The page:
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    The book presents a new method to explain human behavior. This method is based on the idea of “thick descriptions.” Thick descriptions are, according to Geertz, descriptions that not only specify facts about a particular culture, but also explain the context, conceptual structures, and/or hidden meanings underlying it. Geertz’s approach has been very influential among philosophers of mind, especially among embodied cognition theorists.

  • Kroeber, A. L., and Clyde Kluckhohn. Culture: A Critical Review of Concepts and Definitions. Papers of the Peabody Museum of Archaeology and Ethnology. Harvard, MA: Harvard University Press, 1952.

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    This book helpfully catalogues and critically reviews the many and varied definitions of “culture” that scholars have produced since the late 19th century. The authors end up with 164 different definitions.

  • Luria, A. R. The Cognitive Development: Its Cultural and Social Foundations. Harvard, MA: Harvard University Press, 1976.

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    This book presents experimental data collected among several groups of minorities (Uzbeks and Kirghiz) in remote parts of Central Asia. These data are used to support the main thesis of the volume: the idea that mental processes are social and historical in character.

  • Mead, George Herbert. Mind, Self and Society. Chicago: University of Chicago Press, 1934.

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    This book lays down the foundation of symbolic interactionism—the idea that human action is symbolic in character. This theory describes the mind as the capacity to use symbols to create meanings for the world, and society as a network of interactions in which humans symbolically interpret behaviors and thoughts. This theory is relevant to current research in philosophy of mind because it emphasizes the role of individuals in shaping their own environments.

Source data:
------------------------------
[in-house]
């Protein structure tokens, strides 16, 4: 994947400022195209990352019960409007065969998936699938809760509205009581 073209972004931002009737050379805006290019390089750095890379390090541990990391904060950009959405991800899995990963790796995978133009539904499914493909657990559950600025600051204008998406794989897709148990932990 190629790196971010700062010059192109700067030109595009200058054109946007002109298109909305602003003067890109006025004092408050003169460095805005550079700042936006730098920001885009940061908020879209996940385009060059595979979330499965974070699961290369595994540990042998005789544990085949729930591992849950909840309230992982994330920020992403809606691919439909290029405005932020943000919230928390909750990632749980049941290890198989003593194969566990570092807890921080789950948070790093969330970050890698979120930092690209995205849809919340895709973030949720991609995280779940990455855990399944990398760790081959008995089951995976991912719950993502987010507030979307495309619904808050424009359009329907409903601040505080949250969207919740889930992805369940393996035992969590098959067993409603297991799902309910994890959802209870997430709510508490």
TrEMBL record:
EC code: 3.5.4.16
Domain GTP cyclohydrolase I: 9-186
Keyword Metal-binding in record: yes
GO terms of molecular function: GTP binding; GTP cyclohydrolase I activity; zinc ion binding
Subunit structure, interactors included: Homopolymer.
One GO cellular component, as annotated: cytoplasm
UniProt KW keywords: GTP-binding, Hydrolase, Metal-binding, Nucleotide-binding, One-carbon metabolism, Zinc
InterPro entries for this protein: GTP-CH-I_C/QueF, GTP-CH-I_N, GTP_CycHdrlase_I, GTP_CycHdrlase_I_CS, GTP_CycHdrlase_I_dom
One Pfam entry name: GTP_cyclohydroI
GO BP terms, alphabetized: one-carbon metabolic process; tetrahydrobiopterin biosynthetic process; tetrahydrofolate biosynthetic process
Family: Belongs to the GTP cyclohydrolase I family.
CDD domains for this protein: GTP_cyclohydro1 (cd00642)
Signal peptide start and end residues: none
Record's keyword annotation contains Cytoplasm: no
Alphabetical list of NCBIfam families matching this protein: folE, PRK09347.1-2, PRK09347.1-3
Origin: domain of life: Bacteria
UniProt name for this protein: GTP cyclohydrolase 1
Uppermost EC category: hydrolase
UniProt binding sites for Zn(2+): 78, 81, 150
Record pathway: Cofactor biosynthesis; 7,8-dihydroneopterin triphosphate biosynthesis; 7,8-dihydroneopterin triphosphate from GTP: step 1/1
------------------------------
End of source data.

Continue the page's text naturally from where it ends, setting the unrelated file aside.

• Peirce, Charles S. Collected Papers of Charles Sanders Peirce. 8 vols. Edited by C. Harshorne, P. Weiss, and A. Burk. Cambridge, MA: Harvard University Press, 1931–1960.

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    One very important thesis contained in this magnum opus is the idea that we don’t have immediate access to our inside realm. Peirce argues that thinking does not start with introspection, but rather with extrospection. Our thoughts begin with percepts that are out in the open. Accordingly, our cognitive processes cannot be fully understood by solely looking at the activities of the internal machinery of our brain.

  • Vygotsky, L. S. Mind in Society: The Development of Higher Psychological Processes. Harvard, MA: Harvard University Press, 1980.

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    The volume presents a selection of Vygotsky’s most important essays. One of the central ideas of this book is that the mind cannot be understood in isolation from the surrounding society. Human intelligence, it is argued, develops in interaction with people and is characteristically mediated through objects and social activity. This work has inspired many contemporary approaches to philosophy of mind (such as embodied and extended theories of cognition).

  • Whorf, Benjamin Lee. “The Relation of Habitual Thought and Behaviour to Language.” In Language, Culture, and Personality: Essays in Memory of Edwards Sapir. Edited by Leslie Spier, 75–93. Menasha, WI: Sapir Memorial Publication Fund, 1941.

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    This paper defends the idea that we cognize and perceive the world in the way we do because of the specific set of language habits that characterize our environments and our communities. Language, on Whorf’s account, is thus understood as the ability to structure and predispose our choices and interpretations about the world.

  • Winch, Peter. “Understanding a Primitive Society.” American Philosophical Quarterly 1.4 (1964): 307–324.

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    Engages the ethnographic work of Evans-Pritchard and claims that different cultures are characterized by different sets of norms and values—which, however, are equally valid. The goal of this article is to develop a position that prevents anthropologists from concluding that a given culture is “wrong” about a certain reality (cultural imperialism). Winch’s position has become the cornerstone of modern anthropological work.